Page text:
More than 900 orphans will receive computer training every year thanks to a US $90,645 Japanese grant extended to the al-Ansar NGO in Damascus to establish two computer labs.
"Orphans are the most vulnerable in society and if they don't receive education, healthcare or training they are disadvantaged for the rest of their lives," Azusa Hayashi, Ambassador of Japan to Syria, told IRIN in Damascus.
Each lab contains 22 computers, scanners, laser printers, projectors and photocopying machines, in addition to the necessary infrastructure. IT and telecommunications, Hayashi explained, bring people across the world together and create new activities and a new culture.
Japan pays great attention to bridging gaps in IT, or digital differences, hoping to build an IT society whose benefits extend beyond Japan's borders to cover the world as a whole, the ambassador said.
Within the framework of Japan's Grassroots Grant Assistance Scheme, started in Syria in 1996, Hayashi signed the Japanese grant contract.
An orphan sponsored by the NGO, Ala' Bassal, 14, told IRIN: "I am very happy about the Japanese grant, because it will enable me to learn computer skills."
"The computer labs will ensure I have a healthy environment which will foster my self-reliance and self-esteem," orphan, Sara, 14, told IRIN.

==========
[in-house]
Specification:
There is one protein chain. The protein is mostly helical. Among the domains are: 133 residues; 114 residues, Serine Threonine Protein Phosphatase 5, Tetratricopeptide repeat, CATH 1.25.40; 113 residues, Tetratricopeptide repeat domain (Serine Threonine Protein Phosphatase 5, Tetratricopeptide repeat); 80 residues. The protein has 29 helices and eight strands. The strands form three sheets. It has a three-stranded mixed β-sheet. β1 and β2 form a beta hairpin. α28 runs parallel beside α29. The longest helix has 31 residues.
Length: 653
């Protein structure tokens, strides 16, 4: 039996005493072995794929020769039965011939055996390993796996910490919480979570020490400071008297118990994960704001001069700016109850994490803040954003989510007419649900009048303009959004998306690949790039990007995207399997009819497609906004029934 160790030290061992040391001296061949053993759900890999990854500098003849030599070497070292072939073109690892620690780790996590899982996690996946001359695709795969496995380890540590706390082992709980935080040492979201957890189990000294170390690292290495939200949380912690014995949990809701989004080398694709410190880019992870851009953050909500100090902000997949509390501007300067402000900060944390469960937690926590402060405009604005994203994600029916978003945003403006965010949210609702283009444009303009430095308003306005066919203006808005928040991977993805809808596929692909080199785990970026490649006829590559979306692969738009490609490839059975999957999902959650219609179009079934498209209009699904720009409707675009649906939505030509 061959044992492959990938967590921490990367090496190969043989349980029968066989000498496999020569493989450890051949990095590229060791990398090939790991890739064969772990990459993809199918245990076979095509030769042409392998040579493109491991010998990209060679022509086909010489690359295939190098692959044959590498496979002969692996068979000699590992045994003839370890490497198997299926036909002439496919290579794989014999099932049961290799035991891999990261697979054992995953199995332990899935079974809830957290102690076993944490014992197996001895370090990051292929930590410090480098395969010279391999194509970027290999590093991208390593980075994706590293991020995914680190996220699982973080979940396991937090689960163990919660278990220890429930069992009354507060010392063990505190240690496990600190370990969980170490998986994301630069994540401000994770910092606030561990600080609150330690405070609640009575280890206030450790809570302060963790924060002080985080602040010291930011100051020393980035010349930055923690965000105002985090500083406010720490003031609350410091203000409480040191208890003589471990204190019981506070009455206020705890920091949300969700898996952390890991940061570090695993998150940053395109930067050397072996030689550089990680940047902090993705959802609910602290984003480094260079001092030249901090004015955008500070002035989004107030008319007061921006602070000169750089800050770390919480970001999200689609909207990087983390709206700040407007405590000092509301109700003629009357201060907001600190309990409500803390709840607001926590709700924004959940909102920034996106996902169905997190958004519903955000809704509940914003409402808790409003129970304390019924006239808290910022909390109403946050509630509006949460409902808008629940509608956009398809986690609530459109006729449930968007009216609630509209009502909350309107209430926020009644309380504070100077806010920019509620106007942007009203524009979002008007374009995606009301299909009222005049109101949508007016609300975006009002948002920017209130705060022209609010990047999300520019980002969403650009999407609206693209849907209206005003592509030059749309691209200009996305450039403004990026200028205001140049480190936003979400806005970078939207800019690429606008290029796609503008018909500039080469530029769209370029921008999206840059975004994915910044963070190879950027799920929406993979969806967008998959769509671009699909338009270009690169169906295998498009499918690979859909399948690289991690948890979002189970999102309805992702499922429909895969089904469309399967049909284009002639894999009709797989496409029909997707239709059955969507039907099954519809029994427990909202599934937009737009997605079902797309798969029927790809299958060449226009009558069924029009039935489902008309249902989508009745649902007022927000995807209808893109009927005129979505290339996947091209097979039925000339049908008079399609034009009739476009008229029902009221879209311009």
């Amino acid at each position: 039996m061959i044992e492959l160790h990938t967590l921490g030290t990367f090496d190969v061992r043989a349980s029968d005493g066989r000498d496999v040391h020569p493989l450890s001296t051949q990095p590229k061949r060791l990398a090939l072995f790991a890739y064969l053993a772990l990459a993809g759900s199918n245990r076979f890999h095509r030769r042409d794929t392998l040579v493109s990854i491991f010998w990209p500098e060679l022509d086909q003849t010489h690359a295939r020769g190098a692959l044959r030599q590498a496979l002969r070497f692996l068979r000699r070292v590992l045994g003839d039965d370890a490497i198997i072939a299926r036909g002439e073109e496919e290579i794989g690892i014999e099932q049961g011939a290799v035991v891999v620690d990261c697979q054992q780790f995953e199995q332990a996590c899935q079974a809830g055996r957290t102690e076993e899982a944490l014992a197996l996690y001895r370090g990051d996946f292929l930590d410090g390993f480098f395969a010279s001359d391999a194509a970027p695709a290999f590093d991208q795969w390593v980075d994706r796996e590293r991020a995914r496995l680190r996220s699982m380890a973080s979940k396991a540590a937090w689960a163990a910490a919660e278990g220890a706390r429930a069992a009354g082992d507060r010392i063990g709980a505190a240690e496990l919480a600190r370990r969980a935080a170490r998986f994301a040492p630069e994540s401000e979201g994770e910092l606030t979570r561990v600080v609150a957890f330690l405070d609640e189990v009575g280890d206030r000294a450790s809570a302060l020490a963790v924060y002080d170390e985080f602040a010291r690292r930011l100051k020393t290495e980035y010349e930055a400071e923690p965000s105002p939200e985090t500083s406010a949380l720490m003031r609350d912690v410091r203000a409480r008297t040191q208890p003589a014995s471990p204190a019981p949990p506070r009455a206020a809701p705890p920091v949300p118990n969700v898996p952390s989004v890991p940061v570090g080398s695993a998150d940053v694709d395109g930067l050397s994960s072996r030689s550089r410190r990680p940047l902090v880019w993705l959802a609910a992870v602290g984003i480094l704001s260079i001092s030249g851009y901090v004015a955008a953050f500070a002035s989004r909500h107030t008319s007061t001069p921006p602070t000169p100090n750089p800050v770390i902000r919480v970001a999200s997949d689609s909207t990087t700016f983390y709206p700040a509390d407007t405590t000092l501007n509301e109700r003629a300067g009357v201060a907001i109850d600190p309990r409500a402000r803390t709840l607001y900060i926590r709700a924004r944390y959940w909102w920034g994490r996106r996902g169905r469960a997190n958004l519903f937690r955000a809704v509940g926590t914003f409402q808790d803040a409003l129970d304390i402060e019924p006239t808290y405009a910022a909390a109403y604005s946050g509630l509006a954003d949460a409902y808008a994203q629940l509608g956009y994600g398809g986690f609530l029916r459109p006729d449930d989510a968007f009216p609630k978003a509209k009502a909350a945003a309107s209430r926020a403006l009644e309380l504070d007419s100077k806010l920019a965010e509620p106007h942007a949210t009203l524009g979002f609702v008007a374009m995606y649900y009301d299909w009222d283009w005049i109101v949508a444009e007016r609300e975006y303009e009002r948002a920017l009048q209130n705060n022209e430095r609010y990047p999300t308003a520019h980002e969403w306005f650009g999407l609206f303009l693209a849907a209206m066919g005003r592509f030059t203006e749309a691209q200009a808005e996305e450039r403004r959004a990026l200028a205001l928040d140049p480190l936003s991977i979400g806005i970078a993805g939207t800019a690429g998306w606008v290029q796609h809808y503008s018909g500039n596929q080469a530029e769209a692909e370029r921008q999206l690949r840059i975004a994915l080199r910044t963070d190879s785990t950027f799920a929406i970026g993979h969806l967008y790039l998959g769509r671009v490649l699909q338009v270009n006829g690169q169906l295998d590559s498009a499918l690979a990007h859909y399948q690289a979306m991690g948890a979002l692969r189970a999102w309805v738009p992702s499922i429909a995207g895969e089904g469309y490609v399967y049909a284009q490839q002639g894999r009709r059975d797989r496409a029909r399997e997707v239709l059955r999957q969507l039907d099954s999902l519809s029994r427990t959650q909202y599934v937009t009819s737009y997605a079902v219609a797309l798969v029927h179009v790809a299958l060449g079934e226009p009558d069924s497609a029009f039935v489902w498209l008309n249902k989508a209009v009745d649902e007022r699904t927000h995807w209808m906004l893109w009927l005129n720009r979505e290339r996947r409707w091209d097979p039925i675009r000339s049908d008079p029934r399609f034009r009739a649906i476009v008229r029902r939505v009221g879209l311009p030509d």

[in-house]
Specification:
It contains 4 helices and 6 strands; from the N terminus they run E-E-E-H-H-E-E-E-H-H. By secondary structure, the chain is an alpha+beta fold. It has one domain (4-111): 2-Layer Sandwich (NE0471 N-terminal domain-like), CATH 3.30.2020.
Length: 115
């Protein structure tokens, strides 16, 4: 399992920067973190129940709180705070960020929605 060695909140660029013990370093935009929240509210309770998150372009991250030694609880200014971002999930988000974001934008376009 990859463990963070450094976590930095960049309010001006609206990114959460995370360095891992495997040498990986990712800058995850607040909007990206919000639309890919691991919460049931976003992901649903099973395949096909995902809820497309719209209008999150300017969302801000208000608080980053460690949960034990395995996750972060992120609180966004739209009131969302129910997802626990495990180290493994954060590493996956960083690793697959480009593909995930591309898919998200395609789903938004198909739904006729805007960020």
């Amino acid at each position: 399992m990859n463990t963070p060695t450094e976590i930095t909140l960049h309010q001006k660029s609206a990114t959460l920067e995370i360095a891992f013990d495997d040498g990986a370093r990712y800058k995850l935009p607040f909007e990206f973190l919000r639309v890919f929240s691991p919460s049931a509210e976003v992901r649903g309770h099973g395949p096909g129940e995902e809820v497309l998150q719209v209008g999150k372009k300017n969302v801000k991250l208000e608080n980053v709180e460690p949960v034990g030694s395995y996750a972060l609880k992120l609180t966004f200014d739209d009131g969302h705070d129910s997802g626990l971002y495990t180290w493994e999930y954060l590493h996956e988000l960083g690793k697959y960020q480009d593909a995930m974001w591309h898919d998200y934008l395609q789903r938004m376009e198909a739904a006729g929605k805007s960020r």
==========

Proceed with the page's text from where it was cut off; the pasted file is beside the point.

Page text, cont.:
Dr Salah Eddin Kuftaro, Director of the Sheikh Ahmad Kuftaro Complex overseeing the NGO, told IRIN: "The NGO is planning to organise more than 40 computer training courses a year in cooperation with computer experts from Japan's International Cooperation Agency (JICA)."
The number of sponsored orphans at the NGO, founded in 1959 by former Grand Mufti of Syria, Sheikh Ahmad Kuftaro, is 1,350. It offers assistance to orphans in the form of payments, clothing and in-kind assistance twice a year, along with health services.
In addition, the NGO provides financial aid for 200 poor families and ensures better paid jobs and new career opportunities for young orphans and poor people through capacity-building, Kuftaro explained.
Within the framework of the orphan sponsorship programme, al-Ansar is currently building a village in the south of Damascus. This project will accommodate 1,080 orphans where food, clothing, medicine, education and vocational training will be provided, Kuftaro explained.
The NGO also runs an Islamic Institute "Sheikh Ahmad Kuftaro Complex, he pointed out and is seeking to increase the number of foreign students for this.
Diala Haj Aref, Syria's Minister of Social Affairs and Labour, told IRIN: "The Japanese grant has removed barriers facing the poor, it has bridged the gap between orphans and other children, regarding computer skills."
The minister added that funds for social development would be set up to alleviate poverty, hold training courses and ensure job opportunities.
Since the start of its Grassroots Scheme in Syria in 1996, Japan has funded 56 projects in different fields targeting people with special needs, the health sector, vocational training and the environment. The total amount of implemented projects in Syria within this scheme has reached $2.55 million.